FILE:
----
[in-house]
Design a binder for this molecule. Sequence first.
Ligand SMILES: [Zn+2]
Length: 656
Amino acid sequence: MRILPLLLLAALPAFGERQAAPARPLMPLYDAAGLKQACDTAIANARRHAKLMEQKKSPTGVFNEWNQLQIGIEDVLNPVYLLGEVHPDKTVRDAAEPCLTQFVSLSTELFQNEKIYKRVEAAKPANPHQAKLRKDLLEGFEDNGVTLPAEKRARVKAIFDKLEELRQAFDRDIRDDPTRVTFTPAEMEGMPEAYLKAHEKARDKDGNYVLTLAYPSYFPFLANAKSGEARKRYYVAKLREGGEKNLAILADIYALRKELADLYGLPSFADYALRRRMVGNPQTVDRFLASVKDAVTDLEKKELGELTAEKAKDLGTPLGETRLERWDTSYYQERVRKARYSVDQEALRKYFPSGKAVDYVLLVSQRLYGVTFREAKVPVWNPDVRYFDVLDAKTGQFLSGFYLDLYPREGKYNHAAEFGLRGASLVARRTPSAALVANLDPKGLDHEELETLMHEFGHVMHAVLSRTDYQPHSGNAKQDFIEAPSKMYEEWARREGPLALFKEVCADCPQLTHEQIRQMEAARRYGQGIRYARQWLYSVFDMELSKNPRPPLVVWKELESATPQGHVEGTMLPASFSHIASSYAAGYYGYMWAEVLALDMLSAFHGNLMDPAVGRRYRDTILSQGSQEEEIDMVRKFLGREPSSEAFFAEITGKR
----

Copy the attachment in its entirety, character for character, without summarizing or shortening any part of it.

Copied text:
[in-house]
Design a binder for this molecule. Sequence first.
Ligand SMILES: [Zn+2]
Length: 656
Amino acid sequence: MRILPLLLLAALPAFGERQAAPARPLMPLYDAAGLKQACDTAIANARRHAKLMEQKKSPTGVFNEWNQLQIGIEDVLNPVYLLGEVHPDKTVRDAAEPCLTQFVSLSTELFQNEKIYKRVEAAKPANPHQAKLRKDLLEGFEDNGVTLPAEKRARVKAIFDKLEELRQAFDRDIRDDPTRVTFTPAEMEGMPEAYLKAHEKARDKDGNYVLTLAYPSYFPFLANAKSGEARKRYYVAKLREGGEKNLAILADIYALRKELADLYGLPSFADYALRRRMVGNPQTVDRFLASVKDAVTDLEKKELGELTAEKAKDLGTPLGETRLERWDTSYYQERVRKARYSVDQEALRKYFPSGKAVDYVLLVSQRLYGVTFREAKVPVWNPDVRYFDVLDAKTGQFLSGFYLDLYPREGKYNHAAEFGLRGASLVARRTPSAALVANLDPKGLDHEELETLMHEFGHVMHAVLSRTDYQPHSGNAKQDFIEAPSKMYEEWARREGPLALFKEVCADCPQLTHEQIRQMEAARRYGQGIRYARQWLYSVFDMELSKNPRPPLVVWKELESATPQGHVEGTMLPASFSHIASSYAAGYYGYMWAEVLALDMLSAFHGNLMDPAVGRRYRDTILSQGSQEEEIDMVRKFLGREPSSEAFFAEITGKR